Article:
The thing that blows me away about this is that right before Jesus does this John tells us that he knew “that the Father had put all things under his power, and that he had come from God and was returning to God.” He KNEW that ALL THINGS were under his power!! He KNEW he WAS God!

In short, Jesus, the most powerful, glorious and holy being ever to exist – GOD HIMSELF – not only desired to place himself in the lowest position of social status he could, but HE DID IT. And did it completely. He did what Paul wrote in PHillipians 2. Jesus, “who, being in very nature God, did not consider equality with God something to be grasped; made himself nothing, taking the very nature of a servant, being made in human likeness. And being found in appearance as a man, he humbled himself and became obedient to death – even death on a cross!”

The God of the universe got on his hands and knees to humble himself by cleaning the dirtiest, lowest, most disregarded part of his disciples. He breaks all cultural stereotypes, assumptions, and expectations to make a statement: “I, the Lord of everything, rather than claim my rightful place above all love you so much that I willingly choose to place myself below the dirtiest part of your being. You, one of billions, are more important than me, the one and only.”

What a display of love and humility! Oh, how I desire to serve like that man. So many times we give ourselves away because we should, or because we know it is the right thing to do. But not Jesus. He gave himself away not just because he wanted to, but because he NEEDED to. For him, it was simple. We were it, his prize, his bride, his love, his everything. And for us he would give up everything, even his own earthly identity and life so that we might be loved and to attain a spiritual identity defined by one word: Love.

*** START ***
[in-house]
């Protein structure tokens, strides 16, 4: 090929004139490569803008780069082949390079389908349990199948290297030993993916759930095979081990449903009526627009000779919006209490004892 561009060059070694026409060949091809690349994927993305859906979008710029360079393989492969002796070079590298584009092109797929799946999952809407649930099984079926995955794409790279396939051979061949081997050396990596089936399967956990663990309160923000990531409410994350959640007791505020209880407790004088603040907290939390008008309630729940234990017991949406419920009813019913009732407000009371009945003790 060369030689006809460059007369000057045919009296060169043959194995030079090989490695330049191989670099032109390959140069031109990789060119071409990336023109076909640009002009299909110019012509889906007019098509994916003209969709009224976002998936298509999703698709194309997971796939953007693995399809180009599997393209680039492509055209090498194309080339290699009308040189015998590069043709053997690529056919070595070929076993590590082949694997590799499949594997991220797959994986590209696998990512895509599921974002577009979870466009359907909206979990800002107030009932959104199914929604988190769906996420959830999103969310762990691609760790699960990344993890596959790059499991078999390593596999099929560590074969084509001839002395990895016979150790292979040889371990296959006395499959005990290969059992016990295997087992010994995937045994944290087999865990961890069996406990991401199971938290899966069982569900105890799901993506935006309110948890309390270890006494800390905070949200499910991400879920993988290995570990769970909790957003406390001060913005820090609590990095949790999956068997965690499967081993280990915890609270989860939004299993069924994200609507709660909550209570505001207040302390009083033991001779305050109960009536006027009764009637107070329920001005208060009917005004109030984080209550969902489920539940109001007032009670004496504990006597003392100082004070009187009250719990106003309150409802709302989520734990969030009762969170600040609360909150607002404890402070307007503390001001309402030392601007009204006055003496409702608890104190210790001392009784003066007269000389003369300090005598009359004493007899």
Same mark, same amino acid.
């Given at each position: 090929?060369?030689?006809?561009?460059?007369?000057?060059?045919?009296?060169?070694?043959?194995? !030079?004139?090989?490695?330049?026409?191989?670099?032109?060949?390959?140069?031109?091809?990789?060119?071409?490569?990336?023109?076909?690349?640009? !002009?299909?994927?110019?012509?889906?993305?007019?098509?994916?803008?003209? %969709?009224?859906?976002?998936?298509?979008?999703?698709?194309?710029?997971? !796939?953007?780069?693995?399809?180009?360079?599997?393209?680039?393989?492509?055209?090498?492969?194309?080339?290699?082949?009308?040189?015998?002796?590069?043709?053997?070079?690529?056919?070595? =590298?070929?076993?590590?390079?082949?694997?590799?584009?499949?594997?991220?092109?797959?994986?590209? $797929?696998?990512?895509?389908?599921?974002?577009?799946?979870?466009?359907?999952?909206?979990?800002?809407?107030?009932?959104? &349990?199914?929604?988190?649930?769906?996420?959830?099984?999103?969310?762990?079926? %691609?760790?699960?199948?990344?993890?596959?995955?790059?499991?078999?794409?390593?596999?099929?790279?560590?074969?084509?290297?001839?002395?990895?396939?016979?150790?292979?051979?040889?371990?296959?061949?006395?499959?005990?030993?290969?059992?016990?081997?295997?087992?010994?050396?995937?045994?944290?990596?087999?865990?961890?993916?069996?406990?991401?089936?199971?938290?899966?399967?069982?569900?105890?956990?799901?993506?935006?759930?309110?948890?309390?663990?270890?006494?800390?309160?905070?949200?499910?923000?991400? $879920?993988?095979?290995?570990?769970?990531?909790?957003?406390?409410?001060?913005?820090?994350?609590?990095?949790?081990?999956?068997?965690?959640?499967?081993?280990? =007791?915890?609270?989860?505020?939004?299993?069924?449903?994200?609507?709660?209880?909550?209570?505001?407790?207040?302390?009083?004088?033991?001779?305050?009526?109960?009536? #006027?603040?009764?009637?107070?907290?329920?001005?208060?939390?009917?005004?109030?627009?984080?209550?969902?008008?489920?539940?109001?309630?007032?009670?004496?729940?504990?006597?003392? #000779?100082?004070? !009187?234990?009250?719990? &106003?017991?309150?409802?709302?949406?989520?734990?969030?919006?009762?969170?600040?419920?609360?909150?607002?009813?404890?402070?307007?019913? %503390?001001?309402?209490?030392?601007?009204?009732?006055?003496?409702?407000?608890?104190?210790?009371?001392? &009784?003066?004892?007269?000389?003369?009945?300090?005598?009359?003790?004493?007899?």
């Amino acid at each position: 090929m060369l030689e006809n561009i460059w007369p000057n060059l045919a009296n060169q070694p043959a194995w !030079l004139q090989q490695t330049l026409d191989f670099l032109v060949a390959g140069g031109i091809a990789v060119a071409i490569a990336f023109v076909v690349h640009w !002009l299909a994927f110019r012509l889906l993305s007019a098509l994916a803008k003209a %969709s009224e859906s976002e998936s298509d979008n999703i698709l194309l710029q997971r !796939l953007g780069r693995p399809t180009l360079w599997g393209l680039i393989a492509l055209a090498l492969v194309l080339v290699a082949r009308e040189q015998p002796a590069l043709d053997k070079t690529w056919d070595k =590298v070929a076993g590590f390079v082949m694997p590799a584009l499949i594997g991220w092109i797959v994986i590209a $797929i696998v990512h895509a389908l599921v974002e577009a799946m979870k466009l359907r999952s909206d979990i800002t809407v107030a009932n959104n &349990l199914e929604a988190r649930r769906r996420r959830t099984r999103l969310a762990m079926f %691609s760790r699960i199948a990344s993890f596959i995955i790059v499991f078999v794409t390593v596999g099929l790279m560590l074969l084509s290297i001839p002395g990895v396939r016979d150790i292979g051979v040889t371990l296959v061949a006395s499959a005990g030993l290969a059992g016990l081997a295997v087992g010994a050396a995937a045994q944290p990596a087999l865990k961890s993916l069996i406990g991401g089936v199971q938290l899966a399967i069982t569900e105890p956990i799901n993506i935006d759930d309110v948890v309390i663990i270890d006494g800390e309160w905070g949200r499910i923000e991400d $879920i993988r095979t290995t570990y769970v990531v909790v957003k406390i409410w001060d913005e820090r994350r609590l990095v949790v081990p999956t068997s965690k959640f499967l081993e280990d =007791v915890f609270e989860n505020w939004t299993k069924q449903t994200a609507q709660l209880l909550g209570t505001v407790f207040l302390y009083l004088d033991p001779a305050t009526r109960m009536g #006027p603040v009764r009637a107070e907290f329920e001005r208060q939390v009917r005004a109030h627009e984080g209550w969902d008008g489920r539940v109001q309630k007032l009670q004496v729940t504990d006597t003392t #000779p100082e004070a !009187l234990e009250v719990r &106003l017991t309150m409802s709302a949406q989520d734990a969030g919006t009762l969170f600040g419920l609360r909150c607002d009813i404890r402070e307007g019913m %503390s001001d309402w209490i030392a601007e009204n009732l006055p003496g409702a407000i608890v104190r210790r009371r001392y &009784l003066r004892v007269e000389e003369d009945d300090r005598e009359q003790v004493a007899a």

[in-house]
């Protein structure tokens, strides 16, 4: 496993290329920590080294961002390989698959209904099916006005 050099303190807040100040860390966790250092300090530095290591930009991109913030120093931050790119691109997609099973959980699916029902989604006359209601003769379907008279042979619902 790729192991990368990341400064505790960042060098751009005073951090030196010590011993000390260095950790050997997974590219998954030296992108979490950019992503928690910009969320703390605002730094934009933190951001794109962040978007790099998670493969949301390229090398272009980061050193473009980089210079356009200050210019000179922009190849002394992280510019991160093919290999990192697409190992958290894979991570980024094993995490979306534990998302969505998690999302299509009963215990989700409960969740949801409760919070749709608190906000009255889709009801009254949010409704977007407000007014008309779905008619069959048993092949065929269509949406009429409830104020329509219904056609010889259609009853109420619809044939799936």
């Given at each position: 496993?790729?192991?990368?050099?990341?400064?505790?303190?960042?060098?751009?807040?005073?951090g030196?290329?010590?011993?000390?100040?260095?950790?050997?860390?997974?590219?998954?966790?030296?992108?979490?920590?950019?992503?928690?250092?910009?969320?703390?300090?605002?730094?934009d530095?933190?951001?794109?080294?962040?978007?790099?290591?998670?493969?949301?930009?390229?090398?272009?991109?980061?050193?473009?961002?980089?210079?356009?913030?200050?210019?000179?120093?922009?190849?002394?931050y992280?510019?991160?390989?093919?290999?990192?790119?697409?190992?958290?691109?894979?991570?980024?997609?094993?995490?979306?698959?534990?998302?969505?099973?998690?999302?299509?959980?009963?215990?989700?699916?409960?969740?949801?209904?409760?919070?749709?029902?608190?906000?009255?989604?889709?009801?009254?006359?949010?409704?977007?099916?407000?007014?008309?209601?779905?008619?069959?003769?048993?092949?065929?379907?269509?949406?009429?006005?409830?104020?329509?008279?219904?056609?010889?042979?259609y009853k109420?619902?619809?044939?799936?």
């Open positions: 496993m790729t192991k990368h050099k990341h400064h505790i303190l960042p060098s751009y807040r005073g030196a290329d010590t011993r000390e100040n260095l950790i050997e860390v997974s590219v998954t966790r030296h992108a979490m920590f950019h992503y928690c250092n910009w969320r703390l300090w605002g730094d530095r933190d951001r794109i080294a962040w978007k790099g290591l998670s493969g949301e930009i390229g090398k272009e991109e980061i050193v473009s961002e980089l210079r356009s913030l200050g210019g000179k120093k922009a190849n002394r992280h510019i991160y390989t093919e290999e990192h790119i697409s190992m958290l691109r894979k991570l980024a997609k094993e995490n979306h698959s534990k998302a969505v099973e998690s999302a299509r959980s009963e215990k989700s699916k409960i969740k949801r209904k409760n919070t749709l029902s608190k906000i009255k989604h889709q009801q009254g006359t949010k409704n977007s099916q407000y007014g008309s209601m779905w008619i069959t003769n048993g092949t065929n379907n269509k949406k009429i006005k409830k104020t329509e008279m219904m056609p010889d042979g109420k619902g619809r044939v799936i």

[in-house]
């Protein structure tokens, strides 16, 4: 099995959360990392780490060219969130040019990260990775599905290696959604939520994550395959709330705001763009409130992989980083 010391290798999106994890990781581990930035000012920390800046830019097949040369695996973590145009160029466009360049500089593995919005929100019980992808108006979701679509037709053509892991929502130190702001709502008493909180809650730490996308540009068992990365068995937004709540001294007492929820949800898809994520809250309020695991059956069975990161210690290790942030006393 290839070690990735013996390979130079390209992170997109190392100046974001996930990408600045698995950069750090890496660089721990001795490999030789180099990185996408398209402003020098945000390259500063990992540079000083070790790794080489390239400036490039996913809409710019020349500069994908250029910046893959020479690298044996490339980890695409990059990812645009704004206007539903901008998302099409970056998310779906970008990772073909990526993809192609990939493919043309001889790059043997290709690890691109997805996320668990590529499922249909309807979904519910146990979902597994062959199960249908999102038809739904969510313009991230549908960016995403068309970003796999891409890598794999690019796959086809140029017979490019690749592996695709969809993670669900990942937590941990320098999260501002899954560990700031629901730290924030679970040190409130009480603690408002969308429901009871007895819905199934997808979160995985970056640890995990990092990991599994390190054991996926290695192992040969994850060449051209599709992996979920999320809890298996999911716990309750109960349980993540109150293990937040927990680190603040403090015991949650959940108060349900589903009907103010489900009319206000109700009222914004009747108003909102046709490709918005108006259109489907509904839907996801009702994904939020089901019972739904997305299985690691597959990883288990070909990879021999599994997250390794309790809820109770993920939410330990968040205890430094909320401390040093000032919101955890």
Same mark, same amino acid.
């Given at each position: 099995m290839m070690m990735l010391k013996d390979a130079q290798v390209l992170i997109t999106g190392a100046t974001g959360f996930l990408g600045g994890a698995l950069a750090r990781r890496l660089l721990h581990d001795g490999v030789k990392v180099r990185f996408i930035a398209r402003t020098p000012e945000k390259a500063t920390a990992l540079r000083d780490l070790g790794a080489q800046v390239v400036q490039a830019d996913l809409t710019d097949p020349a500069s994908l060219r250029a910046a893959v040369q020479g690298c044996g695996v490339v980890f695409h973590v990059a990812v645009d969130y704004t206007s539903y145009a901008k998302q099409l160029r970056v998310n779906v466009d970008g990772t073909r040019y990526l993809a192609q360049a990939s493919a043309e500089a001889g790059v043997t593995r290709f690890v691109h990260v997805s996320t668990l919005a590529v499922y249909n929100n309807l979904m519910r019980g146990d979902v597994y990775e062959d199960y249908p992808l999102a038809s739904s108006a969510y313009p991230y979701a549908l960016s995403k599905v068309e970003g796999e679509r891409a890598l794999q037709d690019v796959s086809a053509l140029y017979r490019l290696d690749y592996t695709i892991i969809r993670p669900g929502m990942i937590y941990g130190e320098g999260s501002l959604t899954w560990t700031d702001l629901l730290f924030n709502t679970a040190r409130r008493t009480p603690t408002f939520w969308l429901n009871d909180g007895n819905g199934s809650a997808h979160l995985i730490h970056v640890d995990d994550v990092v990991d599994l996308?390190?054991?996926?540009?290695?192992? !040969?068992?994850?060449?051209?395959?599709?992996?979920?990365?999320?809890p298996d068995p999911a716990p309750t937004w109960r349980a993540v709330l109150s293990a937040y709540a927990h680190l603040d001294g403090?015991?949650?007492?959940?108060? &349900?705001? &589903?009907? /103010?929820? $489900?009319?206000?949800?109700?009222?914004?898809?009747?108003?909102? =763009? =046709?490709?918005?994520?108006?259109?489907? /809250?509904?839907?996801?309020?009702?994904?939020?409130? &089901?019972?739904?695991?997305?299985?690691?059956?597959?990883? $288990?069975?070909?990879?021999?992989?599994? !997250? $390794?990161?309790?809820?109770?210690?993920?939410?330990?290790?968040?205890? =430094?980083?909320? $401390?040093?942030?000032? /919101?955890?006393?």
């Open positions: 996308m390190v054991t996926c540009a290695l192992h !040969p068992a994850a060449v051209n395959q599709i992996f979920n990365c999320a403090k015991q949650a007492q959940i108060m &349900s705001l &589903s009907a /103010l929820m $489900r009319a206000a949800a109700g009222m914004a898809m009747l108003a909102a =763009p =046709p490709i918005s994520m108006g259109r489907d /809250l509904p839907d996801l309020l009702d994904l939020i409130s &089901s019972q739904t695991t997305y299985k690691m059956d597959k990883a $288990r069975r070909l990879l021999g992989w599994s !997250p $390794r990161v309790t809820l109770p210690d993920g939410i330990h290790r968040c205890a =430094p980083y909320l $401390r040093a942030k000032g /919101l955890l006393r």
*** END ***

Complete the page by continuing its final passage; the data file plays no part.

Oh, to have a heart willing to give up every ounce of my earthly identity to take on the spiritual identity of the one and only servant-King. To be so much a servant that when people think of my name it is synonymous and inseparable with His.

Second part: Sandals. On June 14th, members from the Heritage Church of Christ in Fort Worth and volunteers from BICA here in Jinotepe helped us distribute sandals to the poor in Tipitapa (VIDEO BELOW!!). They lovingly embraced each child, measured their feet, gave them a pair of sandals, joy, and a demonstration of stereotype crushing love. It was beautiful.

For the greater part of the day I was trying to coordinate and keep everything running as smoothly as possible. As a result I didn’t really get a chance to just stop and soak it up. But there was a moment, brief but clear, when I was able to stop and “see”. We were in the last distribution point, everyone had been working all day, and we were all soaked in sweat and covered in dirt. I took about 15 seconds to step back and take in the moment.